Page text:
Davids Tea Me to We Tea Tin, $18. Davids Tea worked together with Me to We to create this fruity, all-natural tea blend. Each purchase provides three months of clean water to a child in Kenya.

Davids Tea Me to We Colour Changing Travel Mug, $35. A travel mug (that changes colour!) for the tea lover on your list. Davids Tea partnered with Me to We to create this beautiful leak-proof, double-walled travel mug. Each purchase provides six months of clean water to a child in Kenya.

The Little Market Cool & Calm Soaking Salt, $18. This soaking salt contains a blend of peppermint essential oil and pink Himalayan sea salt. Each batch is made with care by Bright Endeavors, a Chicago-based organization dedicated to helping young mothers get out of poverty through their paid transitional jobs program. Each purchase provides young women with coaching, guidance, and job training.

Kiehl’s FAILE Collection for a Cause, $45. This gift set includes the brand’s Daily Reviving Concentrate, Limited Edition Ultra Facial Cream, and Limited Edition Creme de Corps. All profits go to Feeding America, the largest hunger relief organization in the United States. Each purchase provides 415 meals to those in need.

How are you giving back this holiday season? Feel free to share in the comments!

What I Read in November

I read a lot in November; the most I’ve ever read in a month. Short stories, memoir, political biography, suspense, and beautifully written fiction. I am still thinking about these books and I am certain each story will stay with me for a long, long time.


Left Neglected by Lisa Genova

Sarah Nickerson is a working mom with a high-powered job and three young children. One morning on her drive to work, she is distracted by her cell phone and ends up in a horrible accident that leaves her with Left Neglect, a brain injury that steals her awareness of everything on her left side. While struggling to recover and yearning for her pre-accident life, Sarah has no choice but to slow down. A compelling story about how life can change in an instant, what we neglect in our lives, and how tragedy forces us to pay attention to what truly matters. Beautifully written, humorous, and unforgettable. I’ve been recommending it to friends, co-workers, and strangers.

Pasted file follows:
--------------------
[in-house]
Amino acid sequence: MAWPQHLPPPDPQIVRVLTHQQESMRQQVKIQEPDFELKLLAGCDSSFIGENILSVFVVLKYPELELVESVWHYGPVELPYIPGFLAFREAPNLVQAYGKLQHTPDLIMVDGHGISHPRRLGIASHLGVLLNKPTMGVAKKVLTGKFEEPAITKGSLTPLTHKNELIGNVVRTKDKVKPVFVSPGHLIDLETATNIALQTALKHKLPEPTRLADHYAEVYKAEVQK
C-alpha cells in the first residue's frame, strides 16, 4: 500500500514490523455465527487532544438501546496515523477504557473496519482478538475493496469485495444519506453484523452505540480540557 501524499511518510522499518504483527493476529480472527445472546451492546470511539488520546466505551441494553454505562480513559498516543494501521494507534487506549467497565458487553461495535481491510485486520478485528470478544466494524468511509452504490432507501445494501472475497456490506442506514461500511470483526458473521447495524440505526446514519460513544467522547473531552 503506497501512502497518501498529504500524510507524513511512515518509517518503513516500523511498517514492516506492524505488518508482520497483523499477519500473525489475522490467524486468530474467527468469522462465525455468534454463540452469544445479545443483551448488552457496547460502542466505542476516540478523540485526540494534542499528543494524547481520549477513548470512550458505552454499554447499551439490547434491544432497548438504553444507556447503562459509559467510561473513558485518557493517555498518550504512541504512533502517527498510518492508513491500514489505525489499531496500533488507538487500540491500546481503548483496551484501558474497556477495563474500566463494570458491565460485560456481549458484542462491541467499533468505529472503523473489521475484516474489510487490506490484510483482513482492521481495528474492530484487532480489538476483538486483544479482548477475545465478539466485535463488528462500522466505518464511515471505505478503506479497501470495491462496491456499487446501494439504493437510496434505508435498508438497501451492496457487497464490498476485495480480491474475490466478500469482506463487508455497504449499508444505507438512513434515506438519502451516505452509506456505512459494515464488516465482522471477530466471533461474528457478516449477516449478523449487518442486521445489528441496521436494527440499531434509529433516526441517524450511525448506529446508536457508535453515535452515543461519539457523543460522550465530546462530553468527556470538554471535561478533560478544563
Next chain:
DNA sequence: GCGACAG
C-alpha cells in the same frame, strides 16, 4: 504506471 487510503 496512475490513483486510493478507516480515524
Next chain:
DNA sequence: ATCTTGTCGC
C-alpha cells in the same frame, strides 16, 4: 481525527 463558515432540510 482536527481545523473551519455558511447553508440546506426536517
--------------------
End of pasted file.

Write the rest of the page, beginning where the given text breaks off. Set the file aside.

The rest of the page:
Paris for One and Other Stories by Jojo Moyes

When I found out Jojo Moyes was coming out with a short story collection this fall, I was overjoyed. The title story can be summed up in one word: charming. I also enjoyed the other 8 stories. Highly recommended.


Through the Glass by Shannon Moroney

This memoir has been on my reading list for two years and I’m glad I finally read it. Moroney, a high school teacher and guidance counsellor married her boyfriend of three years in October 2005. One month into their marriage, her new husband is arrested and charged in the assault and kidnapping of two women. Shannon shares how she dealt with the grief of losing her husband, the stress of the criminal investigation, the rejection and judgment from people in her community, a diagnosis of post traumatic stress disorder, all while trying to understand what drove her husband to commit such violent acts. She takes us inside the walls of prisons and courtrooms and I was shocked by the lack of support services available to the loved ones of offenders. It’s an incredibly heart wrenching yet hopeful story of acceptance, compassion, forgiveness, letting go, healing, and moving forward. An excellent book club pick.